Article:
The Blues Brothers

One of the better movies spawned from a Saturday Night Live skit, starring the only Belushi brother we’ll publicly claim as our own, Jake and Elwood Blues tear through Chicago on a mission from God soundtracked by some truly legendary tunes. After their iconic scene jumping the Calumet River right, the pair have a run-in with police over a bevy of unpaid parking tickets (a familiar situation for many Chicagoans) and spend the rest of the film on the run from the law while attempting to get the band back together for a worthy cause. The duo of course saves the day, only after destroying at least a dozen Chicago cop cars and turning “the honorable Richard J. Daley Plaza” into a drive-thru.

Hoop Dreams
Steve James took the story of two young African-American basketball stars and their dreams of going pro and created one of the most critically acclaimed modern documentaries that explores a multitude of issues still relevant today. The film explores the divisions of race, economic and social class as the two teens struggle against numerous odds to use their athletic talents to escape the poverty and violence that plagues the neighborhoods they call home. Hoop Dreams breaks down the complicated situations and relationships that are major parts of numerous Chicago neighborhoods, showing a different vantage point for the many Americans who assume they know anything about our city based on a few national headlines. James does this again with his other incredibly important Chicago documentary The Interrupters, but Hoop Dreams is where it all began.

Photo by Vivian Maier

Finding Vivian Maier
Like any major metropolis, Chicago has no shortage of eccentric characters. If it wasn’t for a few Chicagoans, the nanny who has found posthumous fame as a photographer might have faded into history as just another stranger you no longer see around your neighborhood. Instead, Vivian Maier, who lived a simple life of obscurity while privately capturing a massive amount of Chicago life on film, is getting much-deserved praise for her wonderful talent as a photographer. The documentary follows John Maloof, who purchased a large portion of Maier’s work at auction, as he becomes obsessed with piecing together the puzzle of a mysterious and private woman as he works tirelessly to bring to light her incredible art.

Sarno's Restaurant / 'Easy'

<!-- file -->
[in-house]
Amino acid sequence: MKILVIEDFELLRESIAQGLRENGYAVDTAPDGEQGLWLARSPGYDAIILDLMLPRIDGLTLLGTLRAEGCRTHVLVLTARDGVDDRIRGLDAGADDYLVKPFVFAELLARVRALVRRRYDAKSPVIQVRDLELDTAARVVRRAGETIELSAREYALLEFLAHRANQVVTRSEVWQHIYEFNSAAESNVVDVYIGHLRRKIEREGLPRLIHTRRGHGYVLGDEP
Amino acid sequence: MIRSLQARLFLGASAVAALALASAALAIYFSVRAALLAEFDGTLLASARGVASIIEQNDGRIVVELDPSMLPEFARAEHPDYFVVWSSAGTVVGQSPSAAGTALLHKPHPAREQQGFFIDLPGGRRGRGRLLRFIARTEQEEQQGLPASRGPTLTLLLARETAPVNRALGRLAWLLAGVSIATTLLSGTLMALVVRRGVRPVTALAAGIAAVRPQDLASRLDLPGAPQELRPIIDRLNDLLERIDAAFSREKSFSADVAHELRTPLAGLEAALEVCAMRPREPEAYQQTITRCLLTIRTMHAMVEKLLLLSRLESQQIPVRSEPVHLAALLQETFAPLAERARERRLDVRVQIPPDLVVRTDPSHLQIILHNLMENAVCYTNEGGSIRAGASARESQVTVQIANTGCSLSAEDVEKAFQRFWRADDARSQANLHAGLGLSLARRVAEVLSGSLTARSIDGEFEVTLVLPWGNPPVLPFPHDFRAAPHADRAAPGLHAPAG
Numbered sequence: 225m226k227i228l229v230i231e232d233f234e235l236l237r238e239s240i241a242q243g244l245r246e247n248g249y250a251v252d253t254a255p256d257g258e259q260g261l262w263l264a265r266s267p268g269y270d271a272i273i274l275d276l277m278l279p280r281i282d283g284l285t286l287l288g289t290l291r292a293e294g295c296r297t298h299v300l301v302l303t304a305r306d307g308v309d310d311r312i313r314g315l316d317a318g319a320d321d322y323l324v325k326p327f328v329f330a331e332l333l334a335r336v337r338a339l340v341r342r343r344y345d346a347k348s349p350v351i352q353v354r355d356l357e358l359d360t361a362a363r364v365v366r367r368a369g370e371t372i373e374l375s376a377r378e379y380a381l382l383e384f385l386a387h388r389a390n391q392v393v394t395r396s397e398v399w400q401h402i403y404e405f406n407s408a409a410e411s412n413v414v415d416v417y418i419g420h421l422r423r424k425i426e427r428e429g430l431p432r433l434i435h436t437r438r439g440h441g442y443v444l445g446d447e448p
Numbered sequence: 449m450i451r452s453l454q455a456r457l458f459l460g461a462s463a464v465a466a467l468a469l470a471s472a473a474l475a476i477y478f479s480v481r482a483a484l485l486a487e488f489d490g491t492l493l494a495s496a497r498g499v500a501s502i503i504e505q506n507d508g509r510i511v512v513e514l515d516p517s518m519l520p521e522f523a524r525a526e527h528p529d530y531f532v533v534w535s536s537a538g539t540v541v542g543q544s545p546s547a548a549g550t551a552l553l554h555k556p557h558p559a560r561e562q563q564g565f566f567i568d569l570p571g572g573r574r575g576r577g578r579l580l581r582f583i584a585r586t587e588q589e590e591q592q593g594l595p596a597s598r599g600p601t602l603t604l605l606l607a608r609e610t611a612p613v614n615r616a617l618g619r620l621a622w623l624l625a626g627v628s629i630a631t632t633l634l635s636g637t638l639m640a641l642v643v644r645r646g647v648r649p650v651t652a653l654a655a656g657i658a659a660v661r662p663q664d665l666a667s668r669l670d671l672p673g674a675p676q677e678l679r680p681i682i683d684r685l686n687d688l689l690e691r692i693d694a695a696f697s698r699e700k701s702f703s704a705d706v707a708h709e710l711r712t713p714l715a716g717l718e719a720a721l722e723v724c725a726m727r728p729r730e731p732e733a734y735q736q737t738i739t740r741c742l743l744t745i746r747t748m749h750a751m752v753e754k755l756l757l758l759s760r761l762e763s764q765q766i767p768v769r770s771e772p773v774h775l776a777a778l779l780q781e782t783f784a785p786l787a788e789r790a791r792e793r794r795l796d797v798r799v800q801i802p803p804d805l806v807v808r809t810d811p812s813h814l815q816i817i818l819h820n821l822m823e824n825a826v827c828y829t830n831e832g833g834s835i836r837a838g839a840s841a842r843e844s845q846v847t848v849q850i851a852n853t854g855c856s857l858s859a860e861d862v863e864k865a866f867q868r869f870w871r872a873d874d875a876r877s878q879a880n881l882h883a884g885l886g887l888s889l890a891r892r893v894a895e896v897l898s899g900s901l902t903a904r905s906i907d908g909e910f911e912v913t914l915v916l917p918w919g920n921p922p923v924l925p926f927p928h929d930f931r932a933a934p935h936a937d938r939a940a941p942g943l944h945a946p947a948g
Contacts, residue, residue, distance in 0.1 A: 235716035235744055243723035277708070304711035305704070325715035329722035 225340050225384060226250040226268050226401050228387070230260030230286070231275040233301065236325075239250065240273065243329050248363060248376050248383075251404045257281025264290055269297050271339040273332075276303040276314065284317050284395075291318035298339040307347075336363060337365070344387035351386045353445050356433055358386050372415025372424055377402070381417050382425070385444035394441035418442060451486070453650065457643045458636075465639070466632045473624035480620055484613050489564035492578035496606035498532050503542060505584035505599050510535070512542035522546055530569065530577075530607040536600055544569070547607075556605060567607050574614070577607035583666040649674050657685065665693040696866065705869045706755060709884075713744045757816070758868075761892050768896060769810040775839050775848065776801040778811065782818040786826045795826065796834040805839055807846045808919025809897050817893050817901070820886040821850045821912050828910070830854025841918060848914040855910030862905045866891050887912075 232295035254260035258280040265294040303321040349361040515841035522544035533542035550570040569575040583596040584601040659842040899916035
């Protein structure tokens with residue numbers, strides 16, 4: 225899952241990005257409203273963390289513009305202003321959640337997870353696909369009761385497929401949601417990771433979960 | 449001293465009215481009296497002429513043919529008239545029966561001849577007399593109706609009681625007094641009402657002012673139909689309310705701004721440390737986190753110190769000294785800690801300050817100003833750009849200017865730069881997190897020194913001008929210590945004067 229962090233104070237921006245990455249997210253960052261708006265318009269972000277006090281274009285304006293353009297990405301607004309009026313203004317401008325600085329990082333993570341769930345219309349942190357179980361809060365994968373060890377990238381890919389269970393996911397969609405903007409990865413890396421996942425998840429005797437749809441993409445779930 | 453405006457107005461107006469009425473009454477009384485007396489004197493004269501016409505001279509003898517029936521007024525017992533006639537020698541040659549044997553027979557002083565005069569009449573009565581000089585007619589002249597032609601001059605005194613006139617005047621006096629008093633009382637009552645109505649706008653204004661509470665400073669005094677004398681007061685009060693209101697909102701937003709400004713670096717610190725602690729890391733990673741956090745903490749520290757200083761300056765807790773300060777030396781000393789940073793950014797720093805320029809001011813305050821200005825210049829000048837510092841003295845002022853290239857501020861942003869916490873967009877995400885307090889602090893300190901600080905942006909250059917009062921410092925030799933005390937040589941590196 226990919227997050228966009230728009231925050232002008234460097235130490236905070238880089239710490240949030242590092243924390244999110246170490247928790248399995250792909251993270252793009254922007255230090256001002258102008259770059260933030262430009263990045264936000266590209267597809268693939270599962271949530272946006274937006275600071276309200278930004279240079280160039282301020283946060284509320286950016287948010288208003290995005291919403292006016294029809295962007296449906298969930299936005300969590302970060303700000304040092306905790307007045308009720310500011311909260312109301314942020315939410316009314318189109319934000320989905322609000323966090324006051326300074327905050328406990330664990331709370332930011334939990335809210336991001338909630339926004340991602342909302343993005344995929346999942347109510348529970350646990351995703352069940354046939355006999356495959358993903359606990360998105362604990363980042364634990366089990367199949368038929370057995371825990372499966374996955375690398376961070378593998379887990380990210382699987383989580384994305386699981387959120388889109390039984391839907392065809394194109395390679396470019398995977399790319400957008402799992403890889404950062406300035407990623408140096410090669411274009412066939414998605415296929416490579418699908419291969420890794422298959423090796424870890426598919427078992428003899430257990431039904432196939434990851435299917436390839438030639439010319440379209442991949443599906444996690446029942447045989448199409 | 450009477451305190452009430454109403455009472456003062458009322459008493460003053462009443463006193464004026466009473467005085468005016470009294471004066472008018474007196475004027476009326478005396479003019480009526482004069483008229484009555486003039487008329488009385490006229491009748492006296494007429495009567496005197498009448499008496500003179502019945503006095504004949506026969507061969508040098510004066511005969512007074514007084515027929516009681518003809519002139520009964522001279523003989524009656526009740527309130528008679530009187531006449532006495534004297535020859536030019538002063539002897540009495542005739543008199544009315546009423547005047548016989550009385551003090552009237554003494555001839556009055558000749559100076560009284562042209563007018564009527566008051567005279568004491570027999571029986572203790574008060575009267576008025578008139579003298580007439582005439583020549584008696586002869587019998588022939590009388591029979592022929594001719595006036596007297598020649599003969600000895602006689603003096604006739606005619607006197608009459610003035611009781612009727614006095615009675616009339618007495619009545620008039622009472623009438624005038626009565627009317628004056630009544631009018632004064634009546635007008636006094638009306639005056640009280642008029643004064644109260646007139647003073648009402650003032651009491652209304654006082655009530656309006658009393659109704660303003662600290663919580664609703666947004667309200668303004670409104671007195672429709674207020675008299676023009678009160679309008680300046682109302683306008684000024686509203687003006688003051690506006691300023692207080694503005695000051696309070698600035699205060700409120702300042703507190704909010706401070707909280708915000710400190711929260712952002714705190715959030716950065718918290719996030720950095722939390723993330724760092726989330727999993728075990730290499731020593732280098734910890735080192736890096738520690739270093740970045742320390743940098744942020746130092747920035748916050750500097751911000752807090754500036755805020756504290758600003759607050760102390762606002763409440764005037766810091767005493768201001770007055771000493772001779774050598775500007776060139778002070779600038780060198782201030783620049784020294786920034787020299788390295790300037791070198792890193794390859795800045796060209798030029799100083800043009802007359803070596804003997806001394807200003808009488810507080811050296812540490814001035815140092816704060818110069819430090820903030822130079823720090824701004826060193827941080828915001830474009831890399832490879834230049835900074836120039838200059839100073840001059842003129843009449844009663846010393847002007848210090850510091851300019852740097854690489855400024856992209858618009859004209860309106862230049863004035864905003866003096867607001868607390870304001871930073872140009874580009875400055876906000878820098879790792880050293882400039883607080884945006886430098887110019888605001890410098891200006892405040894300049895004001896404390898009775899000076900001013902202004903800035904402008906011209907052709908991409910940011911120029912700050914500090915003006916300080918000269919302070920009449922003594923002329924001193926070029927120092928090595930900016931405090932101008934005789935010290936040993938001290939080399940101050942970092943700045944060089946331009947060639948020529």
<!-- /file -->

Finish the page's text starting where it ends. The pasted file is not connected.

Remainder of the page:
Joe Swanberg’s love of Chicago is well documented, from his early indie hit Hannah Takes the Stairs to Drinking Buddies, which focuses on the lives of a few employees working Revolution Brewing. But his Chicago love reaches a crescendo in the Netflix series Easy. It’s essentially a who’s who of spots frequented by many locals (Handlebar, Lost Lake, Baker & Miller, Dark Matter Coffee, Dusek’s, the Davis Theater, City Lit and a handful of local breweries all make the cut), and even includes works from Chicago artists (Don’t Fret, Jeffrey Brown). Although it would be nice to see the next season head farther south than Pilsen, Swanberg is keeping it local after a callout last month looking for more Chicago art, with a focus on queer artists, to be showcased in upcoming episodes. Watching the flawed characters stumble through the pitfalls of life at the spots we frequent on any given day can feel eerie at times (hello, past mistakes), but the show perfectly mirrors at least a handful of aspects of life for many Chicagoans.

Before Dick Wolf came to town, America fell in love with the drama both inside and out of the emergency room on NBC’s E.R. The long-running show, which aired for 15 seasons, helped launch the careers of George Clooney and Julianna Margulies while captivating audiences with the tumultuous lives of the doctors who worked at fictitious County General Hospital. Filmed throughout the city, it wasn’t unusual to come across E.R. shooting a scene on a CTA platform or dark corner block.


Risky Business
Yes, it’s set in the North Shore, but like any suburban teen with excess income left to their own devices, Joel Goodson’s night of vice eventually leads him into the heart of the city. Sure, the movie is iconic thanks to Tom Cruise’s pants off dance off early on (you know the one). But second runner up for memorable movie moment is Cruise and costar Rebecca De Mornay getting busy on the CTA, which left many viewers hot and bothered but likely turned the stomachs of a handful of commuters who use our often grimey public transit system. In the end, a hairbrain scheme to get the money to fix his Dad’s Porsche that fell into Lake Michigan feels very North Shore teen goes rogue, but Goodson (yup, that’s really the character’s name) still ends up on top. North Shore affluence wins again.